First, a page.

groups support a sliding-scale approach to evaluating a person’s capacity to decide about research. According to this approach, capacity standards may be lower in research presenting comparatively low risk, while a higher level of decisional ability should be required for research that presents comparatively high risks, particularly when the research fails to offer participants the prospect of direct benefit (NBAC, 1998:24).
The assessment process itself can be conducted using a variety of methods. The simplest method is to ask prospective participants to describe briefly and in their own words the basic study information noted above (Wendler and Prasad, 2001). Richard Bonnie has suggested as options “specially tailored follow-up questions to assess subject understanding, videotaping or audiotaping of consent interviews, second opinions, use of consent specialists, or concurrent consent by a family member” (1997:110). The device of concurrent consent is often adopted in dementia research when prospective participants have uncertain or fluctuating decisional capacity (High et al., 1994). This will not always be an option in studies on elder abuse and neglect, but it could be feasible in some such studies. Another suggestion is to adopt a two-part consent process, in which relevant study information is presented and the prospective participant is then asked questions about the study. If the individual exhibits a lack of adequate comprehension, the information is presented again, and the individual is reexamined (Ratzan, 1985). Such a process can detect individuals with problematic memory or other incapacitating cognitive deficits.
The capacity examination should enable researchers to ascertain when someone lacks the requisite abilities to make an autonomous choice about study participation. For people who appear to have adequate decision-making capacity, the next step is to ensure that they actually understand the significant information relevant to becoming a study participant.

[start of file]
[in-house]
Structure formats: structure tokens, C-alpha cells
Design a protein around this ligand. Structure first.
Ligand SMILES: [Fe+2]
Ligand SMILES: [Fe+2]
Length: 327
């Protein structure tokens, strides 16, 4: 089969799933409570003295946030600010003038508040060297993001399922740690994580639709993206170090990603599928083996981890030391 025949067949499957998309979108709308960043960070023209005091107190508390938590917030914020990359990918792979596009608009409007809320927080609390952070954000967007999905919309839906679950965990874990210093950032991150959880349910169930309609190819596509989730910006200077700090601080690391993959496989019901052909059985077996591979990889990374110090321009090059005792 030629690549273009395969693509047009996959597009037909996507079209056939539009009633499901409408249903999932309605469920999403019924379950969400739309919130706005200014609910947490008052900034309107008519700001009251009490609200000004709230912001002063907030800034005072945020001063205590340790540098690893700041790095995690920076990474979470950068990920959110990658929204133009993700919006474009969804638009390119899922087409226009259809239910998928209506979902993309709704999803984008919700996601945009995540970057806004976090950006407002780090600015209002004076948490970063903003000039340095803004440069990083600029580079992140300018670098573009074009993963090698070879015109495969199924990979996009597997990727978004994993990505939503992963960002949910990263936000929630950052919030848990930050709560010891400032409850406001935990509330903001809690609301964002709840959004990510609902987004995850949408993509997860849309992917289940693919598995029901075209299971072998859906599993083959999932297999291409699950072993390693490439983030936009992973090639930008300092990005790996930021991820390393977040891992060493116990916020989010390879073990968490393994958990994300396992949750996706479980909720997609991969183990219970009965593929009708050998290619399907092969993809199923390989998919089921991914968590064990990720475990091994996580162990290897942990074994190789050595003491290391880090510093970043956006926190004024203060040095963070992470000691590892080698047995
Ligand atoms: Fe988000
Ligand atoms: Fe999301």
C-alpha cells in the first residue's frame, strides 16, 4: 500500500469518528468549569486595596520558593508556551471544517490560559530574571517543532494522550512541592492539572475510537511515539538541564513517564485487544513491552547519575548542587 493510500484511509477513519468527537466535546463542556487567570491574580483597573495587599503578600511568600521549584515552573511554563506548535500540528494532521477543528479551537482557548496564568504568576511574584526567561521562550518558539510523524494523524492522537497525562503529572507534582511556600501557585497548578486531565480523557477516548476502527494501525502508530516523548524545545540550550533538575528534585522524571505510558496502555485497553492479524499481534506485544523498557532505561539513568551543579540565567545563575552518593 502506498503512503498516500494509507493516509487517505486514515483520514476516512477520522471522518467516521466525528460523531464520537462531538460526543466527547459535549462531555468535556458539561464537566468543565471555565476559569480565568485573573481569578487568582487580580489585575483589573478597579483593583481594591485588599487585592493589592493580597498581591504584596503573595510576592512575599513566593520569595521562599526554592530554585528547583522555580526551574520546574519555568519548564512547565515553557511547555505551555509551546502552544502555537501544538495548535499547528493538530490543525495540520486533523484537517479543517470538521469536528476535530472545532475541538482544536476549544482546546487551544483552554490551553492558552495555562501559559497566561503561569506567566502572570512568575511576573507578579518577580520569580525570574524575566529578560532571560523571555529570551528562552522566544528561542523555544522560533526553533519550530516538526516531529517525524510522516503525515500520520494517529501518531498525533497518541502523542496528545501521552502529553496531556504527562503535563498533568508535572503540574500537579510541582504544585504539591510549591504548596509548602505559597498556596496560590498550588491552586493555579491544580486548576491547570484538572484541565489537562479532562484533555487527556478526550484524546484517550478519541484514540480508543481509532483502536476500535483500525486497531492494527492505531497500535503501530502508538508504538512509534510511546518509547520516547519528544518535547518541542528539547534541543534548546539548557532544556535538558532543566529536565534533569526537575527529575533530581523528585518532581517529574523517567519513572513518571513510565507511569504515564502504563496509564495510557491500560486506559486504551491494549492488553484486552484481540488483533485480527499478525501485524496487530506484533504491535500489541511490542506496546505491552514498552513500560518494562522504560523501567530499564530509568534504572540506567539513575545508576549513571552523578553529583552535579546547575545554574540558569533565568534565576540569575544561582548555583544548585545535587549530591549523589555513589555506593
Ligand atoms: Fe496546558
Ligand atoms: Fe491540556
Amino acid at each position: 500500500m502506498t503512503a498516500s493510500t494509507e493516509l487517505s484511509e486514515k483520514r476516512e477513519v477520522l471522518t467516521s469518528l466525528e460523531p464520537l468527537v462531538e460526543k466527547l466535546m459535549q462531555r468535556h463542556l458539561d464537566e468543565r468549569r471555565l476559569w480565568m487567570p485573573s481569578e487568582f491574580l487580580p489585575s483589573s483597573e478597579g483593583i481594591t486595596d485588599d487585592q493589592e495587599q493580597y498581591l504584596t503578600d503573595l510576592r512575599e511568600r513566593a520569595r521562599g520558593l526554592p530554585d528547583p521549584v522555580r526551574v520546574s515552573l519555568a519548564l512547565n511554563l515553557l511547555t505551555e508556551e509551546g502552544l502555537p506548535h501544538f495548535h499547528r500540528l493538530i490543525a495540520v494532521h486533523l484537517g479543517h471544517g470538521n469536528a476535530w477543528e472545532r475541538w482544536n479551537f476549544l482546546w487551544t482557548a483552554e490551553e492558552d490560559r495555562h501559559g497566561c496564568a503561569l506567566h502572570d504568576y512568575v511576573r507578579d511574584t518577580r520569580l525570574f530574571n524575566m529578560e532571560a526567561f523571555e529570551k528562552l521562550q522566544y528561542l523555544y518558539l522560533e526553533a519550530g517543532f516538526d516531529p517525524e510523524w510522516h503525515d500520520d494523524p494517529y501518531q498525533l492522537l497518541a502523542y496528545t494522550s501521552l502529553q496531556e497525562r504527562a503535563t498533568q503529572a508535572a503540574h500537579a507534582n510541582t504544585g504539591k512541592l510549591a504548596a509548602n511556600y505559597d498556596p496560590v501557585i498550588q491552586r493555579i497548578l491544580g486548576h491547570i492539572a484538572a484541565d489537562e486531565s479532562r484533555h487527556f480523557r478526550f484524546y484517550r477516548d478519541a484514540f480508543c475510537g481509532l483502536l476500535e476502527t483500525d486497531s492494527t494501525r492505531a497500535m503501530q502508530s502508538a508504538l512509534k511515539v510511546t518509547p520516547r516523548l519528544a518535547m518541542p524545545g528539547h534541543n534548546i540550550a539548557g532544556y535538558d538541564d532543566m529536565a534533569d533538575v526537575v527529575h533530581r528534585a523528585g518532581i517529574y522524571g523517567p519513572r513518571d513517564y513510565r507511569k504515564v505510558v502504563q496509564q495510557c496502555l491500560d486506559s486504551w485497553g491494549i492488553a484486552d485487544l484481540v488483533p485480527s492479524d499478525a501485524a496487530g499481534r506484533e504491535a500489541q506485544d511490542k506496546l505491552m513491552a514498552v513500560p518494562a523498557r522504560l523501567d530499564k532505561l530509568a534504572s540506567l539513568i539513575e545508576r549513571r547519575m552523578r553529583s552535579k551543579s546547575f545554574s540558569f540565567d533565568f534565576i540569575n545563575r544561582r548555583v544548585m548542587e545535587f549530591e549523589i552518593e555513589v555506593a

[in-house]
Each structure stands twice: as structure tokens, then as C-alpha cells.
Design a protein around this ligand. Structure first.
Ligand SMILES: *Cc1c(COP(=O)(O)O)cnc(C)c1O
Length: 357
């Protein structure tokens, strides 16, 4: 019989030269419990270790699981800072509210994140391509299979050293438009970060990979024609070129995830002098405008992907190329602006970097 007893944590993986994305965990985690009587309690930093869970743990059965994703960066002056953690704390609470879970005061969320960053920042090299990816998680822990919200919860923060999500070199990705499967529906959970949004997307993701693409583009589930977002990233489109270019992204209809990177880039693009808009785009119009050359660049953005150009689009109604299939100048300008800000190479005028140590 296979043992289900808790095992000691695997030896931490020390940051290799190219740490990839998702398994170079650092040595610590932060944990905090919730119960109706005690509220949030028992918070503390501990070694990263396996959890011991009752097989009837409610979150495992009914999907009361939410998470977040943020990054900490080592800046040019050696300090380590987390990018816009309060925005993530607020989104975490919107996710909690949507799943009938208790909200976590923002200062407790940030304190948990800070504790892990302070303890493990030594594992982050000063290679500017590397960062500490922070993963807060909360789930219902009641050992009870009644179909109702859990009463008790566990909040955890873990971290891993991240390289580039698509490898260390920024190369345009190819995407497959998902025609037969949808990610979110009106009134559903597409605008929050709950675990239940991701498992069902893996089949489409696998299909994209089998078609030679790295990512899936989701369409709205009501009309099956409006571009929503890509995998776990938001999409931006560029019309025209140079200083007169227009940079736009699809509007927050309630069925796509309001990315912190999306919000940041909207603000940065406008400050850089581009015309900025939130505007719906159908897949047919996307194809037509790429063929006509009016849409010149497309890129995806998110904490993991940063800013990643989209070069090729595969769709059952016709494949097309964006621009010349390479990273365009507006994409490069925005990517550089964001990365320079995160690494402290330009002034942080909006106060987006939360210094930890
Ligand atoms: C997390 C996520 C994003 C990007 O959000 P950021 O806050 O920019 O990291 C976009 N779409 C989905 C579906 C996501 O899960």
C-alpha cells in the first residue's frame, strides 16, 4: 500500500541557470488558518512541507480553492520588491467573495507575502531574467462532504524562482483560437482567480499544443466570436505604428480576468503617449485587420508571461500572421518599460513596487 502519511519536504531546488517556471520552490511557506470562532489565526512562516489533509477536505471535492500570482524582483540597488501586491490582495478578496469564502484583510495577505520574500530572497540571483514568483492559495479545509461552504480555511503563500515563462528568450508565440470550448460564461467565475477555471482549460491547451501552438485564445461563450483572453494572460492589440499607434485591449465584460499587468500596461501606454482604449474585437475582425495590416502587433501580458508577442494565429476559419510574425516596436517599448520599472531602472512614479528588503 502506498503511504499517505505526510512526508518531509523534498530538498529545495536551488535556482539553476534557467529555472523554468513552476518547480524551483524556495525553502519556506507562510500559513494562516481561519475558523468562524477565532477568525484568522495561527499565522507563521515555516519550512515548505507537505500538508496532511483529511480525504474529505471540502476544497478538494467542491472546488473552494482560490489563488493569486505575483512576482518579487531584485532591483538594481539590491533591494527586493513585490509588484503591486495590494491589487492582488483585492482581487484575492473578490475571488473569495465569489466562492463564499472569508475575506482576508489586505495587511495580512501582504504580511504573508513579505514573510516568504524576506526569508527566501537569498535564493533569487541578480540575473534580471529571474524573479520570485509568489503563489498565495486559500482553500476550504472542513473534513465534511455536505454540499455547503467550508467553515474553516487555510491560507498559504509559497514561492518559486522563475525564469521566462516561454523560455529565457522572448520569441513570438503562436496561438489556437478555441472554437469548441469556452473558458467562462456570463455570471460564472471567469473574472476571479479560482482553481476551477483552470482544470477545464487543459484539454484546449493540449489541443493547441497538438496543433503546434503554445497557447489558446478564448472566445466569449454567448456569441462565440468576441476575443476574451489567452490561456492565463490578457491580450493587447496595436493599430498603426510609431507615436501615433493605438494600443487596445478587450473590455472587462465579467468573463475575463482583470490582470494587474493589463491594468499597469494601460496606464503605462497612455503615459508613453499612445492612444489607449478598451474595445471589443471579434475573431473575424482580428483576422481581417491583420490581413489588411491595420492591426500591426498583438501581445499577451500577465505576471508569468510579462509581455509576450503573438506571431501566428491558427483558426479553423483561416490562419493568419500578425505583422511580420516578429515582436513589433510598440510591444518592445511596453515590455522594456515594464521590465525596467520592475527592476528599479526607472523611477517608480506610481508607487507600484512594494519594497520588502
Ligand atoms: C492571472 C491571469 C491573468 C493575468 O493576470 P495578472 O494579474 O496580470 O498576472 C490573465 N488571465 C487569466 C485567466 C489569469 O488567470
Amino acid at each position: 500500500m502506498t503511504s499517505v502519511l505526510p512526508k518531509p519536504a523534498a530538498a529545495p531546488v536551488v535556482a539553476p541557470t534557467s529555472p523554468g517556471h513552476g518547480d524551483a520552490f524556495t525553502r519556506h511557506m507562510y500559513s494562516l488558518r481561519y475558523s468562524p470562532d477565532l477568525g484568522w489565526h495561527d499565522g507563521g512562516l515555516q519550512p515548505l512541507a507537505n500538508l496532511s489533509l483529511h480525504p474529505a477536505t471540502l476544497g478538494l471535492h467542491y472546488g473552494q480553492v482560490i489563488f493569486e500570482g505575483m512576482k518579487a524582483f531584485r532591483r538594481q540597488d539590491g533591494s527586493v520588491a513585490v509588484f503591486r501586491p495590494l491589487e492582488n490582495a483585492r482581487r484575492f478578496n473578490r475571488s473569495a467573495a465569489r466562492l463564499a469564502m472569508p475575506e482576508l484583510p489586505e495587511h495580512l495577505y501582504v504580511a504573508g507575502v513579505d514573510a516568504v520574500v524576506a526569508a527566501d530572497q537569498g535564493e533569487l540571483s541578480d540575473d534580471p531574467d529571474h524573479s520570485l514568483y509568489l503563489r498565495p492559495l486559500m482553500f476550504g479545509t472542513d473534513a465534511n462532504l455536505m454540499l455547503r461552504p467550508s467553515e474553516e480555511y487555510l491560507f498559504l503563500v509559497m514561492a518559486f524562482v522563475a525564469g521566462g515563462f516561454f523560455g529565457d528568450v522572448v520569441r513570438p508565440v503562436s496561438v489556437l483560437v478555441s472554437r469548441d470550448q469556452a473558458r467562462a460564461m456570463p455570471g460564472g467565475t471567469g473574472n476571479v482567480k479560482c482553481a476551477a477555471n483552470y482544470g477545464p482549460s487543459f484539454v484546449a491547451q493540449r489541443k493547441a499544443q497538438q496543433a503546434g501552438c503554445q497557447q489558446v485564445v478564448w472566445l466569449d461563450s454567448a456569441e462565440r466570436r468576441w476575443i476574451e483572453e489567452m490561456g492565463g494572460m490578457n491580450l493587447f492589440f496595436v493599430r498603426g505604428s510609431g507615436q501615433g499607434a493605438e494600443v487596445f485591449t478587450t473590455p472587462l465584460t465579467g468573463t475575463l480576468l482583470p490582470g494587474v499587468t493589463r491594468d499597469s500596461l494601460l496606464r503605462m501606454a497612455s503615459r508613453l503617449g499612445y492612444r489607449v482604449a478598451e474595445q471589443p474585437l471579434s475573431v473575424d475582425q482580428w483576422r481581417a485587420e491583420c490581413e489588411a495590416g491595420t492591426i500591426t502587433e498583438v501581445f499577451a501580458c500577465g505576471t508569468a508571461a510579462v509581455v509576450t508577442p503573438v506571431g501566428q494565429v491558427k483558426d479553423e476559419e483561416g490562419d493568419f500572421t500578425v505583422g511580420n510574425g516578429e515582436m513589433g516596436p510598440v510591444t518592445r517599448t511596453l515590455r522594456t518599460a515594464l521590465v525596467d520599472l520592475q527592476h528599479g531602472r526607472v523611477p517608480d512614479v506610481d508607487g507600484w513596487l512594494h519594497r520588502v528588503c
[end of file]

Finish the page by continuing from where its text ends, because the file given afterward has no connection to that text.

People deciding to enter a study should understand certain facts. The Belmont Report lists the following general items essential for investigators to describe: “the research procedure[s], their purposes, risks, and anticipated benefits, alternative procedures (where therapy is involved), and a statement offering the subject the opportunity to ask questions and to withdraw at any time from the research” (National Commission for the Protection of Human Subjects of Biomedical and Behavioral Research, 1979:5). The Report describes the following risks, each of which is specifically relevant to elder abuse and neglect research: “psychological harm, physical harm, legal harm, social harm, and economic harm” (National Commission for the Protection of Human Subjects of Biomedical and Behavioral Research, 1979:7).